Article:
Yes, it’s true, I’m a good mother.
I don’t helicopter over them. I let them get dirty. I try not to stress over the little things.
I let them pick their own clothes for all but the most formal of events. And yes, this means that frequently Chip goes to school in an old army hat, a jean jacket (no shirt), shorts, sandals and a rain coat.
I tell them ‘no’ because they need to hear it, not because it makes my day any easier. I know all their details right down to their souls. I know how to make each one of them feel safe in the way they need it.
I know how to bring Mike down from a spiraling tantrum that he gets stuck in and doesn’t know how to get out of. I know when Robbie needs to cuddle with me quietly on the couch. I know when Chip needs a nap and how to make him think it was his idea.
I know what parts of the future to not worry about, because details have a way of working themselves out. I’m a great Mom. And yep, it feels weird to type that out. And I’m already feeling a little weirded-out about publishing this post in a minute.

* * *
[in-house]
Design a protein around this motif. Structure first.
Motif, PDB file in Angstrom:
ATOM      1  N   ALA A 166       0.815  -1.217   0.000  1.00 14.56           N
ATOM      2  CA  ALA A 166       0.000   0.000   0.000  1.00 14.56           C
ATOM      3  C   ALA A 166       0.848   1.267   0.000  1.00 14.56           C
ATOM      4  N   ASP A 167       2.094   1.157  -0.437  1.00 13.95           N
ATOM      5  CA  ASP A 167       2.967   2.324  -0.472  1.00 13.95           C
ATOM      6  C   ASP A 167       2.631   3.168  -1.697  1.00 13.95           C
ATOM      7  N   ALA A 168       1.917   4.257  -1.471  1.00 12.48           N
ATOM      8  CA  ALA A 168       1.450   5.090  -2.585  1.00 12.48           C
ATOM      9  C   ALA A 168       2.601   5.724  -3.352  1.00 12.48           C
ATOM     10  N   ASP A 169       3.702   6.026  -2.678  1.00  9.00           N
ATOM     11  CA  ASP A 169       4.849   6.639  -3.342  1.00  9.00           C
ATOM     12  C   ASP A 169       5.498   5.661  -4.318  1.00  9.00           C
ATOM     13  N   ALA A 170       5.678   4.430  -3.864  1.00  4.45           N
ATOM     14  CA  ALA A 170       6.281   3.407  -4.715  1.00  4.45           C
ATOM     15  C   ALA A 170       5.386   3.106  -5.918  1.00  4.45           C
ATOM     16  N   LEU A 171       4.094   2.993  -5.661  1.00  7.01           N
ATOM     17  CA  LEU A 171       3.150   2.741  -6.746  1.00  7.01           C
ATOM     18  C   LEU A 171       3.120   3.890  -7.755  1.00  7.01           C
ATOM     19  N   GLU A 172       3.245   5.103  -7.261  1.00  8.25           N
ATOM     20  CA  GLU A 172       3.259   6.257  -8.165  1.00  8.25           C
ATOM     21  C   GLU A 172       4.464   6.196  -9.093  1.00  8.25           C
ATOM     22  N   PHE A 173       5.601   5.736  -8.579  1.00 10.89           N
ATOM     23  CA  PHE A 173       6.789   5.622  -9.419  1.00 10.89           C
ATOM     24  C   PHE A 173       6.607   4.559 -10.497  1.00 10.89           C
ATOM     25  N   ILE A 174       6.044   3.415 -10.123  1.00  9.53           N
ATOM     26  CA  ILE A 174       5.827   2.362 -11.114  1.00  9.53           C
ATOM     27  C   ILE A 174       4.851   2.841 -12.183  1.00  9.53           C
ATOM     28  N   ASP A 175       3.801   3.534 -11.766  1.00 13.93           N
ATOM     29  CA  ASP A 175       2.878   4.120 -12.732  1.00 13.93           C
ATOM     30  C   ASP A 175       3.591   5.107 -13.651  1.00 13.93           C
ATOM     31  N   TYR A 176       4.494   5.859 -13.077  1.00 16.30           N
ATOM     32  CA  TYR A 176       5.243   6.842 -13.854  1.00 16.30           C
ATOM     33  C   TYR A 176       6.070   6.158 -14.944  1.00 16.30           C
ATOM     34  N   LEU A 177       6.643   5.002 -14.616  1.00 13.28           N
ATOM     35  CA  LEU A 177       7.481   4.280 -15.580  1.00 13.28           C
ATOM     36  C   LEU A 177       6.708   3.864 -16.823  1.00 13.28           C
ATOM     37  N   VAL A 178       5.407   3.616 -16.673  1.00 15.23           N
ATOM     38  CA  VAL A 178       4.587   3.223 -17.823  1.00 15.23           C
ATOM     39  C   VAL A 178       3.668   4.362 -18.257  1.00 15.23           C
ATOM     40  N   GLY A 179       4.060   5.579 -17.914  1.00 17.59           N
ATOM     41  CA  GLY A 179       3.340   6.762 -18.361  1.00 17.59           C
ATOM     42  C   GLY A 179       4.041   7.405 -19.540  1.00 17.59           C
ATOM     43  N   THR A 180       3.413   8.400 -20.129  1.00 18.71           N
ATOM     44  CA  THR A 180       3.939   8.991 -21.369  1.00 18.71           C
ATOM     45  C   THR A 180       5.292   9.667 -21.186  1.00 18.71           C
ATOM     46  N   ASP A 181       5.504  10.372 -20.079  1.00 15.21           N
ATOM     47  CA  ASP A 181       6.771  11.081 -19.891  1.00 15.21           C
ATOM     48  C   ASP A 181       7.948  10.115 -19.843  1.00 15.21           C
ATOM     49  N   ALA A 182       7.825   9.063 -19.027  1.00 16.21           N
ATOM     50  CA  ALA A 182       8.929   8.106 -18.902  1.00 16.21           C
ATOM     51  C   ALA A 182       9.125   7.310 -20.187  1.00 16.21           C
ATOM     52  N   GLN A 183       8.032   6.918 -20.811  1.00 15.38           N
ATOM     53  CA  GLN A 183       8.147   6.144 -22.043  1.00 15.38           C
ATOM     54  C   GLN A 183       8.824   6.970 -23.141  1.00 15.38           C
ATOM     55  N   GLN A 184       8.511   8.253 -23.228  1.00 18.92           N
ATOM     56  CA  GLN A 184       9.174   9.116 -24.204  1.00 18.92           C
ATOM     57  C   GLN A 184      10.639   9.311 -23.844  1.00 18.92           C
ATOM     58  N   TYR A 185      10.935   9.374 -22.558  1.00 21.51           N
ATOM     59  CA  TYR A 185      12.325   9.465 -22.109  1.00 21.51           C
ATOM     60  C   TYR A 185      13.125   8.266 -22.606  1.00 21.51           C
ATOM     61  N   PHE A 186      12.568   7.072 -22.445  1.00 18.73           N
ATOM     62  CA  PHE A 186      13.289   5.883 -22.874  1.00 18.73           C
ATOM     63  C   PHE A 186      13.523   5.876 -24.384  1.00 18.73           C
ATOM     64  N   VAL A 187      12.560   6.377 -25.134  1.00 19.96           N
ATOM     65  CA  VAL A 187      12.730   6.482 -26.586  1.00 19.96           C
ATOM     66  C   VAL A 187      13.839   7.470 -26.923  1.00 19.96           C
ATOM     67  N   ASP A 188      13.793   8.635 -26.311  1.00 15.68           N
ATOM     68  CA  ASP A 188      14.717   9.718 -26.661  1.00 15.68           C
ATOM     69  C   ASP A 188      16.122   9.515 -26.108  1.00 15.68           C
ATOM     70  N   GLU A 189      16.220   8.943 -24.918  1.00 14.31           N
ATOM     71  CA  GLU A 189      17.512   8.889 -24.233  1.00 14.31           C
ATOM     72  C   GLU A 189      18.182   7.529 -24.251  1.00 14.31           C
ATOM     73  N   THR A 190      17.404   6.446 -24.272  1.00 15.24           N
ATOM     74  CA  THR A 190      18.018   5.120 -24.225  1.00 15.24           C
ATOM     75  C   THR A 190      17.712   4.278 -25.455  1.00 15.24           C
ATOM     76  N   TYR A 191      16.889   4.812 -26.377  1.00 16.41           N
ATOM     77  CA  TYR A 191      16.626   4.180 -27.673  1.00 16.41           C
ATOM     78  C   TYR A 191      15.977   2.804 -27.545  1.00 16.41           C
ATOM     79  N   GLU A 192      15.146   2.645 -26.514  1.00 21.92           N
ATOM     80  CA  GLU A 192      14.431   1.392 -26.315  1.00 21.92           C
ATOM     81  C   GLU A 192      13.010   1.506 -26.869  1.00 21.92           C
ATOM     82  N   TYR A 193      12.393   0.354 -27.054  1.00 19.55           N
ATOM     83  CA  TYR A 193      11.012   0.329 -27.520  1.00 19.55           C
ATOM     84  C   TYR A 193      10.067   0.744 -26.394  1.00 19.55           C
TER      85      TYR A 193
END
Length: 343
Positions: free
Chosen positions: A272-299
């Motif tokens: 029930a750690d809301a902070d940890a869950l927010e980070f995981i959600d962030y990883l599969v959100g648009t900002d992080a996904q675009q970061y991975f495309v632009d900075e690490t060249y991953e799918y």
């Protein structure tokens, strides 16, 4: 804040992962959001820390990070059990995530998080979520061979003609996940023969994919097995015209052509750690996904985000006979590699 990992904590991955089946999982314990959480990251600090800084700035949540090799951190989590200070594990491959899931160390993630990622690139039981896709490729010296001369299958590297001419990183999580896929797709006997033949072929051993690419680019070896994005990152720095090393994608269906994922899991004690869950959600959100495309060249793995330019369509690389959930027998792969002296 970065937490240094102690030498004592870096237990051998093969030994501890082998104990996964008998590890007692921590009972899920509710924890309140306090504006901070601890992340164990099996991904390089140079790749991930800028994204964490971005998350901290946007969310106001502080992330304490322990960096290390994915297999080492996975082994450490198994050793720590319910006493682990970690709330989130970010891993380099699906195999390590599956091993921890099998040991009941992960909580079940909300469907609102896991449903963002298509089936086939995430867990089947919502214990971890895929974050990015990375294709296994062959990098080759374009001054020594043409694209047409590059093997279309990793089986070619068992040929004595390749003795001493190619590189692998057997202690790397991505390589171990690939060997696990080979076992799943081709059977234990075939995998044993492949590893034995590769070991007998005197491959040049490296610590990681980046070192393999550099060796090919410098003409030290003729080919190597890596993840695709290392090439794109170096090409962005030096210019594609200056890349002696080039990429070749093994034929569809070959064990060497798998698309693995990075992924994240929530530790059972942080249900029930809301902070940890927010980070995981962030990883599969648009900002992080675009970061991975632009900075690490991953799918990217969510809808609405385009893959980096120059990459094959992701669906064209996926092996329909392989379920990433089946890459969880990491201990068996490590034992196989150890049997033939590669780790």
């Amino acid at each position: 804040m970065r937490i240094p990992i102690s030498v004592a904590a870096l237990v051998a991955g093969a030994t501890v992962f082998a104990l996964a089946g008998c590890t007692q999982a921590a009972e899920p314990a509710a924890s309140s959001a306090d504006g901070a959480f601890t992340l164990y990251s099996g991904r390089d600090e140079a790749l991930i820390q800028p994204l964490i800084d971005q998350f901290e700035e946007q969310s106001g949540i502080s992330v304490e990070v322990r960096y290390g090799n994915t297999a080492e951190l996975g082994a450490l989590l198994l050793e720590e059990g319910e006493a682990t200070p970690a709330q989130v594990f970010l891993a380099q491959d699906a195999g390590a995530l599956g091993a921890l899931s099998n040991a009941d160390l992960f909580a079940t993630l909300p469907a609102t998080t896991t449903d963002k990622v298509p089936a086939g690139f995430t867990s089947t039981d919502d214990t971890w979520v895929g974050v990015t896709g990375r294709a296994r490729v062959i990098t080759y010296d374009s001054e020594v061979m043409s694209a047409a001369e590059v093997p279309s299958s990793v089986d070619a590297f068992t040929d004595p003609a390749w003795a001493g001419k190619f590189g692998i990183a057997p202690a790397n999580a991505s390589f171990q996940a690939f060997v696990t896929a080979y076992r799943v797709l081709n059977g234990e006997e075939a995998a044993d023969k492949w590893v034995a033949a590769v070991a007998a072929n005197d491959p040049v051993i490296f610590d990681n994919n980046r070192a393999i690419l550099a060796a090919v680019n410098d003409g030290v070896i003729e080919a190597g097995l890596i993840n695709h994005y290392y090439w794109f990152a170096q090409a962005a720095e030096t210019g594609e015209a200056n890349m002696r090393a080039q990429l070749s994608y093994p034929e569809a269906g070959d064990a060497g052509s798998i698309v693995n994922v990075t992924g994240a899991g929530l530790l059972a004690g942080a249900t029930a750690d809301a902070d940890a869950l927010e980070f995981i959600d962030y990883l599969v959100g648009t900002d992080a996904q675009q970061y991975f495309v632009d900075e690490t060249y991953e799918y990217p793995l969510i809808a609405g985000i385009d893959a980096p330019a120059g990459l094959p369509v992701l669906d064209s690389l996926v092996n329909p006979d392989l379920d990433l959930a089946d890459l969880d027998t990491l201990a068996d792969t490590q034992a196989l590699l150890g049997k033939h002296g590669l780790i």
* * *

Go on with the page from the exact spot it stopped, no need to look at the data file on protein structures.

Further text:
If you haven’t read Rebecca‘s call to stop putting ourselves down and owning up to being good parents, you really should check it out. The best, and most quoted line is “Claiming to be bad parents is the new “I’m fat” for even the thinnest of women.”
But. The best post I’ve seen on this topic is over at Her Bad Mother. And she’s absolutely right: it is terribly hard to bring the funny or at least be interesting if all you do is recount the parts of your day that went as planned. The parts where no one screamed “I hate you mommy!” at the top of their lungs. When no one kicked you in the shins because you wouldn’t let them watch the fucking Wonderpets one more time.
I am most inspired as a writer – yes, inspired – by my moments of fear and confusion, my weaknesses, my mistakes. So most of my writing – as it appears on this blog – addresses itself, or seems to address itself, to my consideration of myself as a bad mother. As Her Bad Mother. Not Her Bad-ASS Mother – Her Bad Mother